Milwaukee officials closed the garage at 601 W. Wells St. on Friday after months of warning the building owners that safety repairs needed to be made.
“We didn’t feel that the garage was in danger of collapsing on Friday,” said Art Dahlberg, the city commissioner of the Department of Neighborhood Services. “But we didn’t want chunks of concrete to fall on people or cars in the building.”
The garage is owned by TTOW Properties of Dallas LLC and is managed by Capitol Corporate Services Inc., Austin, Texas.
Representatives from the companies could not immediately be reached for comment Friday.
Dahlberg said the problems were discovered in the six-story garage in July during a routine fire protection inspection. Cracks and spalling were discovered, as were some temporary supports correcting some of the problems.
“No permits had been issued for the shoring,” Dahlberg said. “The owners were issued several emergency repair orders.”
The garage was not closed at the time because the owner submitted engineering reports that showed the structure could carry the load of the daily traffic to the building. Upon re-inspection, additional cracks in beams were discovered, and the owner was ordered to submit repair plans and apply for permits.
By December, the city still did not have the plans for the needed work, Dahlberg said. The department then notified the owner the garage would be placarded, or ordered closed, if the repair project did not move forward, he said.
“Shortly thereafter, we received copies of the signed contracts for the work,” Dahlberg said.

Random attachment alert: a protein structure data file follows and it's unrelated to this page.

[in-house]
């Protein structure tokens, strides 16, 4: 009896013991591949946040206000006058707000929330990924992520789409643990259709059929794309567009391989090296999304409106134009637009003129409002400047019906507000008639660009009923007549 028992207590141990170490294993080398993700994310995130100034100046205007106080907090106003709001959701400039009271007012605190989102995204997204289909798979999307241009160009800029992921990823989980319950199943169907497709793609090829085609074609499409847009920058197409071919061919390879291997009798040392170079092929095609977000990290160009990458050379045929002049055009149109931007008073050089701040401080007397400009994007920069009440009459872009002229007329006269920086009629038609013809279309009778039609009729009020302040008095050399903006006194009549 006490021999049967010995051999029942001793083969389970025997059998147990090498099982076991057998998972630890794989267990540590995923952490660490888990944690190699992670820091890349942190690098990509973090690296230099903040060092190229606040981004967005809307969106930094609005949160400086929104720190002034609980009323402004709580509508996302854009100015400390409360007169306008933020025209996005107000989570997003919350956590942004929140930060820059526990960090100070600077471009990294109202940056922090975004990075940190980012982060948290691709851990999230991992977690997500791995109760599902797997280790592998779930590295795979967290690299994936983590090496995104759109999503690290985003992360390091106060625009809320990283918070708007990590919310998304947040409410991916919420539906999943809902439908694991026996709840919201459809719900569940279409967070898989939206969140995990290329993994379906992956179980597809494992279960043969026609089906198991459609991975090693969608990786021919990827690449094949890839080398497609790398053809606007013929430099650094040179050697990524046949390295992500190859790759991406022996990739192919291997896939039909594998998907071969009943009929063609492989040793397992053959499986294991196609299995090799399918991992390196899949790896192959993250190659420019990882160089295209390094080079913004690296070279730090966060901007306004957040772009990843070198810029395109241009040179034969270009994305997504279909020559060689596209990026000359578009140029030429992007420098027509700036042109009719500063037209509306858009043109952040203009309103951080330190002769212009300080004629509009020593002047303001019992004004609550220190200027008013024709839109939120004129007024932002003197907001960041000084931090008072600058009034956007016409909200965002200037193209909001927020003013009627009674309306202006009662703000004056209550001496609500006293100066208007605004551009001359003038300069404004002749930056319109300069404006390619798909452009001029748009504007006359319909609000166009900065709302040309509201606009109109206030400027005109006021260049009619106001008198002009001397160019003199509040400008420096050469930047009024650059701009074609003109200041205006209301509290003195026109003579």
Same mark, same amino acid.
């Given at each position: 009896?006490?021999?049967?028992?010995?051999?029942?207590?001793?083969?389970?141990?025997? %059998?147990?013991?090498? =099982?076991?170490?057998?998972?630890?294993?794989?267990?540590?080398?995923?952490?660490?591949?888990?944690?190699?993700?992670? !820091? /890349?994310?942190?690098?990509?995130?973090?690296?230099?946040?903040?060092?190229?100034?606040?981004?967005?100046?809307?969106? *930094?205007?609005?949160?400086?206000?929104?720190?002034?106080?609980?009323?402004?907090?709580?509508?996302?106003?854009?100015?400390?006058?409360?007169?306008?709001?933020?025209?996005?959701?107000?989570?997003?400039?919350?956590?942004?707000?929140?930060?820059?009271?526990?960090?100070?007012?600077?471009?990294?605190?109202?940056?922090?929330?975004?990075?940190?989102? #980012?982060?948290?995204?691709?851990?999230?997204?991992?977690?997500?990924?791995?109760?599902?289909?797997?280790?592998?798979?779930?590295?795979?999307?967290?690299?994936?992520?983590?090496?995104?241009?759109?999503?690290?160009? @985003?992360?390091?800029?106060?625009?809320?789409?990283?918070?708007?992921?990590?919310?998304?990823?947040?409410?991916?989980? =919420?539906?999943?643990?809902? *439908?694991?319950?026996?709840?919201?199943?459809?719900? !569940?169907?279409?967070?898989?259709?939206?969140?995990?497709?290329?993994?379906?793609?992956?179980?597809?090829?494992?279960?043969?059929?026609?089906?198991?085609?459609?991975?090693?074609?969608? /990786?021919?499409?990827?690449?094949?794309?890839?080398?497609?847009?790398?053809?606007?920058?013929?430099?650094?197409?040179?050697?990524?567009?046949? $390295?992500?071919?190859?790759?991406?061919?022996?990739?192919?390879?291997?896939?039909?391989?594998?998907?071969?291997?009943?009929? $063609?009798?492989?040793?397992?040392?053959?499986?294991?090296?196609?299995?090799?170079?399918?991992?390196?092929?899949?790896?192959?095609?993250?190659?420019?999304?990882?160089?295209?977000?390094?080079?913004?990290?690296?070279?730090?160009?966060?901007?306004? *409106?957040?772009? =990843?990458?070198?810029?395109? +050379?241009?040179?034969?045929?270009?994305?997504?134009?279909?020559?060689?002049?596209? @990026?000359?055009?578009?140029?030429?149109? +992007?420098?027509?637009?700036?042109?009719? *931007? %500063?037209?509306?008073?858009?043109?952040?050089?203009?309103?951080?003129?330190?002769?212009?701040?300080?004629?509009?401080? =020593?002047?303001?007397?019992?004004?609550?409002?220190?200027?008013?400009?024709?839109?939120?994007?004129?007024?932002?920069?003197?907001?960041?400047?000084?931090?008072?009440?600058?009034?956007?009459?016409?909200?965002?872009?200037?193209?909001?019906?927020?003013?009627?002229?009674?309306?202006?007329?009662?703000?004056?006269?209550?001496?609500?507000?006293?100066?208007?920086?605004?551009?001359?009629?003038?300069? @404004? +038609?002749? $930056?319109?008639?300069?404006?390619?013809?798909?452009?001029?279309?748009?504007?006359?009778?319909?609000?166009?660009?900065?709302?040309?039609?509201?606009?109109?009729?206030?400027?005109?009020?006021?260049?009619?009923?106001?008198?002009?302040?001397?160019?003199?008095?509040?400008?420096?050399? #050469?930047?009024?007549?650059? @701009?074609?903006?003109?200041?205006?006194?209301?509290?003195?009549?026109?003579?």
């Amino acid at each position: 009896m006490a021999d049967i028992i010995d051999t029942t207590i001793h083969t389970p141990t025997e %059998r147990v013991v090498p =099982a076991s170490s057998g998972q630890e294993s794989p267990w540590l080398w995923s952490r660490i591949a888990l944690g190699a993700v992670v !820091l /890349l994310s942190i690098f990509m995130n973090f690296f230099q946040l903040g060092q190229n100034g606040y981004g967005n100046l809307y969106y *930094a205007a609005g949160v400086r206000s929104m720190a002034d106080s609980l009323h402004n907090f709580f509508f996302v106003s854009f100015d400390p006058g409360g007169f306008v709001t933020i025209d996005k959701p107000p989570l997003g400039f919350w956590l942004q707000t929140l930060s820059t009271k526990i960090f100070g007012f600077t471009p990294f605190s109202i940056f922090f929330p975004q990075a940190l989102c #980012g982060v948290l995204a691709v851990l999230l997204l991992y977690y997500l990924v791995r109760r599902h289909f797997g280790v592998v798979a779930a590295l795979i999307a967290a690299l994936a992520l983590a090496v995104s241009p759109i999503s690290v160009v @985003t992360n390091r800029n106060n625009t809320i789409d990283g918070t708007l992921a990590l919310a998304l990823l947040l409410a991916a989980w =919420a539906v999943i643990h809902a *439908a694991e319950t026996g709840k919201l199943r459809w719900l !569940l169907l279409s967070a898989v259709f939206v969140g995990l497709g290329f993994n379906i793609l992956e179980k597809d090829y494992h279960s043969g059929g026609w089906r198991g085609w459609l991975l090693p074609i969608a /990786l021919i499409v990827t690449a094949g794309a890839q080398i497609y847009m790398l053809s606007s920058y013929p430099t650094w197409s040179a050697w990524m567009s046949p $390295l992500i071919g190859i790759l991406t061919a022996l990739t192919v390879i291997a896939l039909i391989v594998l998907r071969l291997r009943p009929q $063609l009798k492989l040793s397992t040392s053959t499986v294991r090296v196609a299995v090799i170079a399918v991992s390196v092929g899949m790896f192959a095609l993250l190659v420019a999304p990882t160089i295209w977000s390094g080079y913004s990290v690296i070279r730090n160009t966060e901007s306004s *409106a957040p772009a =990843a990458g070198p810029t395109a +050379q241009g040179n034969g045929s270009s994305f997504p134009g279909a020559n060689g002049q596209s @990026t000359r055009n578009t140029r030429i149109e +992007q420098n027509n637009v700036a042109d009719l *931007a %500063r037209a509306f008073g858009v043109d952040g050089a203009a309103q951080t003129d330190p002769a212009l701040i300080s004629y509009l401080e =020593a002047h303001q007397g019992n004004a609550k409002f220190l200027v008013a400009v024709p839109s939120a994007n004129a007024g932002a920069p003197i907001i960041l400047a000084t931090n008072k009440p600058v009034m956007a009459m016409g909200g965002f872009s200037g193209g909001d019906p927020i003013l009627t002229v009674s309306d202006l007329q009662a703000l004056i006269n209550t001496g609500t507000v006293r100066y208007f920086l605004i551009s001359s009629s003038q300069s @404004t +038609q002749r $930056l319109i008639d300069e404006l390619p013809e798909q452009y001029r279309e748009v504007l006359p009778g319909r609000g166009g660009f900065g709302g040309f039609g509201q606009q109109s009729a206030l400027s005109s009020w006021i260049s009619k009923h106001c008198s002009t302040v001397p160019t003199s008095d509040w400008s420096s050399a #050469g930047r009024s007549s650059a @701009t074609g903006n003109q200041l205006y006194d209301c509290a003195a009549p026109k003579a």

The inspection Friday was to make sure the work was done, he said. Some work had been done but other deficiencies were found, and inspectors ordered the building closed, he said.
The garage was built in 1972 and has a fair market value of $4.6 million, according to city records.
The 560-space garage is fully leased by the nearby Milwaukee Area Technical College for $46,923 a month, said Ginny Gnadt, a spokeswoman for the school. Most of the spaces are used by faculty or staff members but some spots are used by students, she said.
“We had no idea what was going on until we got a call from the building inspector,” Gnadt said. “We sent e-mail and voicemail messages to alert the garage users.”
Only 200 to 300 cars were in the garage at the time the city closed it, she said. The cars were allowed to remain in the garage for the day, but none were allowed to enter after the mid-morning inspection.
Gnadt said the school recently chose not to renew its lease with the garage owner. MATC planned to move to a garage on the nearby campus of The Pabst Brewing Company Complex at West Juneau Avenue and North 9th Street on March 1.
“The Brewery allowed us to begin using their lot immediately,” Gnadt said.
Gnadt said there were no reports of injuries or damage caused by falling concrete but said school officials had been working with the owners of the Wells Street garage on other issues.
“We had complaints about the elevators not working well,” she said, “or homeless people sleeping in the stairwells and of cleanliness issues.”
Dahlberg said the owners will have 30 days to make repairs or face a condemnation order.